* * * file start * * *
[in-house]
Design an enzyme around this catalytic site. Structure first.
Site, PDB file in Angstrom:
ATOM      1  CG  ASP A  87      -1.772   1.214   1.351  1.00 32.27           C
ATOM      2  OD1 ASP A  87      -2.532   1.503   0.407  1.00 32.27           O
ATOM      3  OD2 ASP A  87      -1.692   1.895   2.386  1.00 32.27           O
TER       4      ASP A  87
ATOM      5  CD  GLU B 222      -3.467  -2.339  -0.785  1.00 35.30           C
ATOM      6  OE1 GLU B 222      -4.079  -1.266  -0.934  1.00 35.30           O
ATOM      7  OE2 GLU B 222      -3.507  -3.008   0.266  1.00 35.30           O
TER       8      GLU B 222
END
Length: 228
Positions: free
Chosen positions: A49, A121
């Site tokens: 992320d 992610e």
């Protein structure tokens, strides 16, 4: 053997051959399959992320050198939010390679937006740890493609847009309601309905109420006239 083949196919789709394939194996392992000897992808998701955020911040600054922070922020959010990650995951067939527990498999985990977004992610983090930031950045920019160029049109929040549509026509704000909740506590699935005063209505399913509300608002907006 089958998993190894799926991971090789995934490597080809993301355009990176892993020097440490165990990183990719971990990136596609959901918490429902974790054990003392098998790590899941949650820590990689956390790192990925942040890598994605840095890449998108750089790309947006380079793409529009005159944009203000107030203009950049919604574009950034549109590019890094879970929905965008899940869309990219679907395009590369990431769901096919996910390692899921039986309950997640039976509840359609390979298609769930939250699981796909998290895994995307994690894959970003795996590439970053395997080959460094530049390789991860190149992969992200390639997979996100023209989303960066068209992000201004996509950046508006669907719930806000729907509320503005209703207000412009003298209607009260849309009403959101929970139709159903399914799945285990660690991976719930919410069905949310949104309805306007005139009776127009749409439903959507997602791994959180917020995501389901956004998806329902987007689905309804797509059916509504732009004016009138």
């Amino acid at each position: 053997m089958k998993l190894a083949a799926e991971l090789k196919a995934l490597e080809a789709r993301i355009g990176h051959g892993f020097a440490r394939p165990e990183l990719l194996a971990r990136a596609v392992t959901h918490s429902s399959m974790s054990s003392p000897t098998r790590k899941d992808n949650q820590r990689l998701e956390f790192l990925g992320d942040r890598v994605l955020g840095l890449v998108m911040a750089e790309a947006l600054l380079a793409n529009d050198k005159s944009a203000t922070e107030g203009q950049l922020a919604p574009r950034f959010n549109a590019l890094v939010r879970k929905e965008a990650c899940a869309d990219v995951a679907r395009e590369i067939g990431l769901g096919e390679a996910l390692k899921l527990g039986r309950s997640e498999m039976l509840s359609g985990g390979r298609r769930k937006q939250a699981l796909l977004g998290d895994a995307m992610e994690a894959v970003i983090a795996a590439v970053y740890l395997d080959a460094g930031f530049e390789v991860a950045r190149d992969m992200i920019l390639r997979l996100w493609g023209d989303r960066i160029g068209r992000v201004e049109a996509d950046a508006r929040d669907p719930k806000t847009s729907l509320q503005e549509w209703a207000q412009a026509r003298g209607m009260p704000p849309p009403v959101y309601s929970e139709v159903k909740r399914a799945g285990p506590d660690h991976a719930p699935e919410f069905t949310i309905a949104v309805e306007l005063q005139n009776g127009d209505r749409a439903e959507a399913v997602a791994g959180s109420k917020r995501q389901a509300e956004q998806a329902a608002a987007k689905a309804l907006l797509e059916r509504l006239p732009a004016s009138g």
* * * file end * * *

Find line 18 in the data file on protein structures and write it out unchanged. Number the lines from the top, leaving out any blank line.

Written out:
């Amino acid at each position: 053997m089958k998993l190894a083949a799926e991971l090789k196919a995934l490597e080809a789709r993301i355009g990176h051959g892993f020097a440490r394939p165990e990183l990719l194996a971990r990136a596609v392992t959901h918490s429902s399959m974790s054990s003392p000897t098998r790590k899941d992808n949650q820590r990689l998701e956390f790192l990925g992320d942040r890598v994605l955020g840095l890449v998108m911040a750089e790309a947006l600054l380079a793409n529009d050198k005159s944009a203000t922070e107030g203009q950049l922020a919604p574009r950034f959010n549109a590019l890094v939010r879970k929905e965008a990650c899940a869309d990219v995951a679907r395009e590369i067939g990431l769901g096919e390679a996910l390692k899921l527990g039986r309950s997640e498999m039976l509840s359609g985990g390979r298609r769930k937006q939250a699981l796909l977004g998290d895994a995307m992610e994690a894959v970003i983090a795996a590439v970053y740890l395997d080959a460094g930031f530049e390789v991860a950045r190149d992969m992200i920019l390639r997979l996100w493609g023209d989303r960066i160029g068209r992000v201004e049109a996509d950046a508006r929040d669907p719930k806000t847009s729907l509320q503005e549509w209703a207000q412009a026509r003298g209607m009260p704000p849309p009403v959101y309601s929970e139709v159903k909740r399914a799945g285990p506590d660690h991976a719930p699935e919410f069905t949310i309905a949104v309805e306007l005063q005139n009776g127009d209505r749409a439903e959507a399913v997602a791994g959180s109420k917020r995501q389901a509300e956004q998806a329902a608002a987007k689905a309804l907006l797509e059916r509504l006239p732009a004016s009138g």